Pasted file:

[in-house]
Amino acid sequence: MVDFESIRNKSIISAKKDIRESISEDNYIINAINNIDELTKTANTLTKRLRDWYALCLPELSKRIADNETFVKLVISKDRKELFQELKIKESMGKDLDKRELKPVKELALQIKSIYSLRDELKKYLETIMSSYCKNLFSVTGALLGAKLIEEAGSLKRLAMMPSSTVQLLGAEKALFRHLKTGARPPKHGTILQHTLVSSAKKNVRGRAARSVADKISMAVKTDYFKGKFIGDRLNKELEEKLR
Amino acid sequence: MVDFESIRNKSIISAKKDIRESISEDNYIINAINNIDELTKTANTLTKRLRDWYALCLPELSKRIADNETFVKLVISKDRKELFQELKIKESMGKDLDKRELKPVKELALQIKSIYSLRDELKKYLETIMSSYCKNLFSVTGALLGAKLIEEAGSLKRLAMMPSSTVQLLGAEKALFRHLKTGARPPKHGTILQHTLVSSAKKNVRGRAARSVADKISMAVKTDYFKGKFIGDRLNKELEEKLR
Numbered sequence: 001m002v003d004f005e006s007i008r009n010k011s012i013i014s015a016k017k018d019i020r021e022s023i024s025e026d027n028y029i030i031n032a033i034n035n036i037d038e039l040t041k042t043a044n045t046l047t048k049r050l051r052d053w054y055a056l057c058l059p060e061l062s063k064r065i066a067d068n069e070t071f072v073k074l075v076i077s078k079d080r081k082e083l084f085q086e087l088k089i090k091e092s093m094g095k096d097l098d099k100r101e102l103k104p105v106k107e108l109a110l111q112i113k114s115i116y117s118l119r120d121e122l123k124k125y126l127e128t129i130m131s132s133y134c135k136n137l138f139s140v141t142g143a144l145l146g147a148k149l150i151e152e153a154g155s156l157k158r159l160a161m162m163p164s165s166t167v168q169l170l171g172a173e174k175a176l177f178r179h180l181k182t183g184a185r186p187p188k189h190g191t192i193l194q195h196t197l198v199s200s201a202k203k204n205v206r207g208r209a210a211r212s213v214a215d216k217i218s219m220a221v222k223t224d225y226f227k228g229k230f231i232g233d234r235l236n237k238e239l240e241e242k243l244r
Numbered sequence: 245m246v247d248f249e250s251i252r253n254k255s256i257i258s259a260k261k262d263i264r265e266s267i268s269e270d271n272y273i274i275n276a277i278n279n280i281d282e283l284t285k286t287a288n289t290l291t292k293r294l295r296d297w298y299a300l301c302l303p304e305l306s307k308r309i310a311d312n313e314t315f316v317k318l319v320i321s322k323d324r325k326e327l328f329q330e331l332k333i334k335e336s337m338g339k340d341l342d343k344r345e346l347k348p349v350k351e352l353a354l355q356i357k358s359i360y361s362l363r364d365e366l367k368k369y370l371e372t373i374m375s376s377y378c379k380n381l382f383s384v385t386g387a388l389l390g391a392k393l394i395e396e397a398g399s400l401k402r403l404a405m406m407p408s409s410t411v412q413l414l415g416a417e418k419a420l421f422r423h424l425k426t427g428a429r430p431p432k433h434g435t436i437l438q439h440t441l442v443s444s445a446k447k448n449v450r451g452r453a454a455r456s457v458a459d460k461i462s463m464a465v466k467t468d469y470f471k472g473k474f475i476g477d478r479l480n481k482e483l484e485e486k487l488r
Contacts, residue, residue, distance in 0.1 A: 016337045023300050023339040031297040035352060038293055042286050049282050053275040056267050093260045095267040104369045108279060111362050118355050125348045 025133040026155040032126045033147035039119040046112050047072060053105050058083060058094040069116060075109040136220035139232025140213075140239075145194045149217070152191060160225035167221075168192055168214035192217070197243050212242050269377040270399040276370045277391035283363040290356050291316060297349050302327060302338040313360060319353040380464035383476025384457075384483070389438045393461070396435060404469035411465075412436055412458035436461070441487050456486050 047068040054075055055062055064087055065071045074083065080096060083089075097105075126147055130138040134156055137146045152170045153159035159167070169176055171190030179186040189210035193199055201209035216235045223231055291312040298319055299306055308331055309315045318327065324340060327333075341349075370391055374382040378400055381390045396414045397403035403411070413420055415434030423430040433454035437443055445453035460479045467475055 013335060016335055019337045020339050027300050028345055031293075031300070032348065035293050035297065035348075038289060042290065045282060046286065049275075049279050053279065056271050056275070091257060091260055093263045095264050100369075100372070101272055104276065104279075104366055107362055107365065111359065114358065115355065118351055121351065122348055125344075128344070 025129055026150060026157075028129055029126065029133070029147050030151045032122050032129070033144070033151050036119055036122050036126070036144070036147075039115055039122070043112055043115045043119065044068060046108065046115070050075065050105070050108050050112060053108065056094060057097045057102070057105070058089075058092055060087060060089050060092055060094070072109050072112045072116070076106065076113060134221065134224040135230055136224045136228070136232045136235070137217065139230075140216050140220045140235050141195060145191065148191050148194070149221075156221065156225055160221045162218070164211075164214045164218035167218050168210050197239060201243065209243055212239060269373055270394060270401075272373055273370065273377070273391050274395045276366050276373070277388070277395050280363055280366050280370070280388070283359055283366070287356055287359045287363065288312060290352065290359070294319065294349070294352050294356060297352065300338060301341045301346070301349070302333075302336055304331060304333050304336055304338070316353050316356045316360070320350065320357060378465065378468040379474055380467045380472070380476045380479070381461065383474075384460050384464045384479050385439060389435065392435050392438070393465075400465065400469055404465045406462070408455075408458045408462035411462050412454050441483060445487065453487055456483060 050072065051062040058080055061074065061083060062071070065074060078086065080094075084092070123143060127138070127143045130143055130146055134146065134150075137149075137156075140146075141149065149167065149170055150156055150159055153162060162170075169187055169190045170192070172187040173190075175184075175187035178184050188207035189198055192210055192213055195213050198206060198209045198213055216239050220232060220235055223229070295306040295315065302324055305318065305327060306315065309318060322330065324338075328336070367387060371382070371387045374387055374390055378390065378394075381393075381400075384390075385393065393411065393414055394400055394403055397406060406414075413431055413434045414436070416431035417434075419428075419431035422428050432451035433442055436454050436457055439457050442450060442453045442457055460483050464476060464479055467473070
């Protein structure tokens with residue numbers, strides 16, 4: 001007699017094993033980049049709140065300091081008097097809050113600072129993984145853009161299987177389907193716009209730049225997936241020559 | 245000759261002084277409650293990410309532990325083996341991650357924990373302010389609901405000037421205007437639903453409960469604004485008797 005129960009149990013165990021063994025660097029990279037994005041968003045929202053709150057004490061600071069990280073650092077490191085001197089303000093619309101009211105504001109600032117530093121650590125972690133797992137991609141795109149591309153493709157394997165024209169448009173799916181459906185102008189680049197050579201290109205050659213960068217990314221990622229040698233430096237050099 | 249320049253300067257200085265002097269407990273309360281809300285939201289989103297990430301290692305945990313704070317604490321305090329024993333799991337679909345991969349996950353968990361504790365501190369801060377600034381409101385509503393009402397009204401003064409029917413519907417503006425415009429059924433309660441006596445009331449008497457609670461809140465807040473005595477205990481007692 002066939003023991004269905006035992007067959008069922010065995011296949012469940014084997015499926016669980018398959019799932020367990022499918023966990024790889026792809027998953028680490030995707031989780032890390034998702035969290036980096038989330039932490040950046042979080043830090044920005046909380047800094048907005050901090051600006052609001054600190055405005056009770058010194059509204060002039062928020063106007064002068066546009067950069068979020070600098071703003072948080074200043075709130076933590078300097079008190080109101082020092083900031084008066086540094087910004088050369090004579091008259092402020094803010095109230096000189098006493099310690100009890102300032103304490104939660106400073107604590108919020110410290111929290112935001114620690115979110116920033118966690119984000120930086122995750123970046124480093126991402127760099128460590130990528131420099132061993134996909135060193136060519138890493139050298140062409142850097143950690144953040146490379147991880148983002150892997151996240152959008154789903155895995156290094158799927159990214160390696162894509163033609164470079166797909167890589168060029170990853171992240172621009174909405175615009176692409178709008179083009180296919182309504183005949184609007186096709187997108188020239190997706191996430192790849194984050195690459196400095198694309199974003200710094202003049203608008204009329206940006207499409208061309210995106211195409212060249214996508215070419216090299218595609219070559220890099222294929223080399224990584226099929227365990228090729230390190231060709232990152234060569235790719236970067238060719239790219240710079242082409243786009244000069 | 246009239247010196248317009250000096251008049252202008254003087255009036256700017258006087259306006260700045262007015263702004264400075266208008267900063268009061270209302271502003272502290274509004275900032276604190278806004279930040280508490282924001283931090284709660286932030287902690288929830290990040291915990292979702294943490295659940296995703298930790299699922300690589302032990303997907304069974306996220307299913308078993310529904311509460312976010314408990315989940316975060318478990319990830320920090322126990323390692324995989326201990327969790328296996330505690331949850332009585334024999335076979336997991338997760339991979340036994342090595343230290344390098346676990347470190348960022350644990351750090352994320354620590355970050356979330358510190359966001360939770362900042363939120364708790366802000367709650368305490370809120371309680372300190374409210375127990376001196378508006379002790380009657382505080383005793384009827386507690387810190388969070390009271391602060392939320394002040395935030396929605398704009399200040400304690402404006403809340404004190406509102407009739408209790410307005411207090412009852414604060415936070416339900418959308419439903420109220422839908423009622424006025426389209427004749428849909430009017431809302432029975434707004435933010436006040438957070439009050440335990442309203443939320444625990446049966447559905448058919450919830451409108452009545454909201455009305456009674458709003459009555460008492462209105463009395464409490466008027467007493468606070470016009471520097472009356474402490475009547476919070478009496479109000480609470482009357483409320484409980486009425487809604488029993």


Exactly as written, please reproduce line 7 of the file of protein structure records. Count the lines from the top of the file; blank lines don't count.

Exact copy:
């Protein structure tokens with residue numbers, strides 16, 4: 001007699017094993033980049049709140065300091081008097097809050113600072129993984145853009161299987177389907193716009209730049225997936241020559 | 245000759261002084277409650293990410309532990325083996341991650357924990373302010389609901405000037421205007437639903453409960469604004485008797 005129960009149990013165990021063994025660097029990279037994005041968003045929202053709150057004490061600071069990280073650092077490191085001197089303000093619309101009211105504001109600032117530093121650590125972690133797992137991609141795109149591309153493709157394997165024209169448009173799916181459906185102008189680049197050579201290109205050659213960068217990314221990622229040698233430096237050099 | 249320049253300067257200085265002097269407990273309360281809300285939201289989103297990430301290692305945990313704070317604490321305090329024993333799991337679909345991969349996950353968990361504790365501190369801060377600034381409101385509503393009402397009204401003064409029917413519907417503006425415009429059924433309660441006596445009331449008497457609670461809140465807040473005595477205990481007692 002066939003023991004269905006035992007067959008069922010065995011296949012469940014084997015499926016669980018398959019799932020367990022499918023966990024790889026792809027998953028680490030995707031989780032890390034998702035969290036980096038989330039932490040950046042979080043830090044920005046909380047800094048907005050901090051600006052609001054600190055405005056009770058010194059509204060002039062928020063106007064002068066546009067950069068979020070600098071703003072948080074200043075709130076933590078300097079008190080109101082020092083900031084008066086540094087910004088050369090004579091008259092402020094803010095109230096000189098006493099310690100009890102300032103304490104939660106400073107604590108919020110410290111929290112935001114620690115979110116920033118966690119984000120930086122995750123970046124480093126991402127760099128460590130990528131420099132061993134996909135060193136060519138890493139050298140062409142850097143950690144953040146490379147991880148983002150892997151996240152959008154789903155895995156290094158799927159990214160390696162894509163033609164470079166797909167890589168060029170990853171992240172621009174909405175615009176692409178709008179083009180296919182309504183005949184609007186096709187997108188020239190997706191996430192790849194984050195690459196400095198694309199974003200710094202003049203608008204009329206940006207499409208061309210995106211195409212060249214996508215070419216090299218595609219070559220890099222294929223080399224990584226099929227365990228090729230390190231060709232990152234060569235790719236970067238060719239790219240710079242082409243786009244000069 | 246009239247010196248317009250000096251008049252202008254003087255009036256700017258006087259306006260700045262007015263702004264400075266208008267900063268009061270209302271502003272502290274509004275900032276604190278806004279930040280508490282924001283931090284709660286932030287902690288929830290990040291915990292979702294943490295659940296995703298930790299699922300690589302032990303997907304069974306996220307299913308078993310529904311509460312976010314408990315989940316975060318478990319990830320920090322126990323390692324995989326201990327969790328296996330505690331949850332009585334024999335076979336997991338997760339991979340036994342090595343230290344390098346676990347470190348960022350644990351750090352994320354620590355970050356979330358510190359966001360939770362900042363939120364708790366802000367709650368305490370809120371309680372300190374409210375127990376001196378508006379002790380009657382505080383005793384009827386507690387810190388969070390009271391602060392939320394002040395935030396929605398704009399200040400304690402404006403809340404004190406509102407009739408209790410307005411207090412009852414604060415936070416339900418959308419439903420109220422839908423009622424006025426389209427004749428849909430009017431809302432029975434707004435933010436006040438957070439009050440335990442309203443939320444625990446049966447559905448058919450919830451409108452009545454909201455009305456009674458709003459009555460008492462209105463009395464409490466008027467007493468606070470016009471520097472009356474402490475009547476919070478009496479109000480609470482009357483409320484409980486009425487809604488029993």